Busting The Fiber Myth: It’s not the “Silver Bullet” of Internet Connections

For decades, we’ve been conditioned to believe that fiber internet is something of a silver bullet. When a business has internet performance issues, they’ll commonly get the question,  “What do you expect, you don’t have fiber?” So, it’s no surprise that folks ask us quite often whether Bigleaf customers still use our service after moving to fiber.

Spoilers: The answer is a big “yes.” In fact, 39% of the circuits currently used by Bigleaf customers are fiber. But since we monitor all our customers’ internet circuits 10x/second for outages and performance degradation, we thought we’d dig into all that data in aggregate to see exactly how reliable fiber internet really is and how much Bigleaf can actually help.

For this analysis, we’re focusing on fiber internet performance relative to performance-sensitive cloud applications like VoIP or UCaaS. Specifically, we looked at every fiber connection that Bigleaf monitored in the month of September and took the mean (filtered for outliers) of each of the following metrics:

  • Downtime (mins) – The connection is completely unavailable.
  • Unusable uptime (mins) – The connection performance (packet loss, jitter and latency) is so bad that something like a VoIP call would be unable to maintain a connection.
  • Degraded uptime (mins) – The connection performance is bad enough that performance sensitive applications would be affected (e.g. calls would be choppy, echoey or robotic).
  • QoS Adjustments – Number of times that Bigleaf algorithms had to reduce effective circuit throughput to because the carrier-rated circuit speeds were not being delivered fully and cleanly. These adaptations were required to ensure sensitive traffic was prioritized, providing proper application performance.

The resulting data was a little surprising, even to us. Here’s what we learned.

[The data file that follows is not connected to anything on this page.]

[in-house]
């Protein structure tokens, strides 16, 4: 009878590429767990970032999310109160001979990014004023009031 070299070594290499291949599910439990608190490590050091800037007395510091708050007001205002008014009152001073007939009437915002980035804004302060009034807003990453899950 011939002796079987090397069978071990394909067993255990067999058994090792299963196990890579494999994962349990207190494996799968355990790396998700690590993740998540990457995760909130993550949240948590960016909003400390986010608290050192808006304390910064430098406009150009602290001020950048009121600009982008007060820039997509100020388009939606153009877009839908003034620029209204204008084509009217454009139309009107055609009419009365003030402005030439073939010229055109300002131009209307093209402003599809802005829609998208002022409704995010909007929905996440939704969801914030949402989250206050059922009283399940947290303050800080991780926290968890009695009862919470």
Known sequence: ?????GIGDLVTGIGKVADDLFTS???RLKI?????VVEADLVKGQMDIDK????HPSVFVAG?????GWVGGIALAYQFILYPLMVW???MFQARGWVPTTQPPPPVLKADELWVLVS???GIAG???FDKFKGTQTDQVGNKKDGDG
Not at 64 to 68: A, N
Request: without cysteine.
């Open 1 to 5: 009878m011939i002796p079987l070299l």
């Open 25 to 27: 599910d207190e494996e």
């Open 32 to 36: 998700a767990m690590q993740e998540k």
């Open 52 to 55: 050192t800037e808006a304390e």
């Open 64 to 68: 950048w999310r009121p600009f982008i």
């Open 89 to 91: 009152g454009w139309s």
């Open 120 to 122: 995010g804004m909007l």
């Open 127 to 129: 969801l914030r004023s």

Fiber makes up almost 40% of the circuits used by Bigleaf customers

This wasn’t surprising to us as fiber is a wildly popular option for business internet. Many of our customers will use fiber with a less expensive Cable or DSL line that can be utilized for commodity bandwidth and failover.

That begged the question, for those with fiber lines, how often was a second circuit needed to handle failover. Turns out that…

Fiber connections had over an hour of downtime per month on average

This didn’t seem right, so we checked the data twice. Across all our customers’ fiber lines, even after filtering out those that were down for days at a time, there was an average of 62.92 minutes of outage time during the month of September.

It’s important to note that those 62.92 minutes were very likely in small increments of a few seconds or minutes. If someone was downloading a file during an outage like that, it might resume eventually. But if a sales rep was on a VoIP call during one of those outages, the call would drop. If we assume an average of 10 seconds per outage, that would mean that a company using VoIP over fiber risks as many as 372 dropped calls per month.

But at least fiber circuits are reliable when they’re up, right? Well…

Fiber connections were unusable for an additional 50+ minutes per month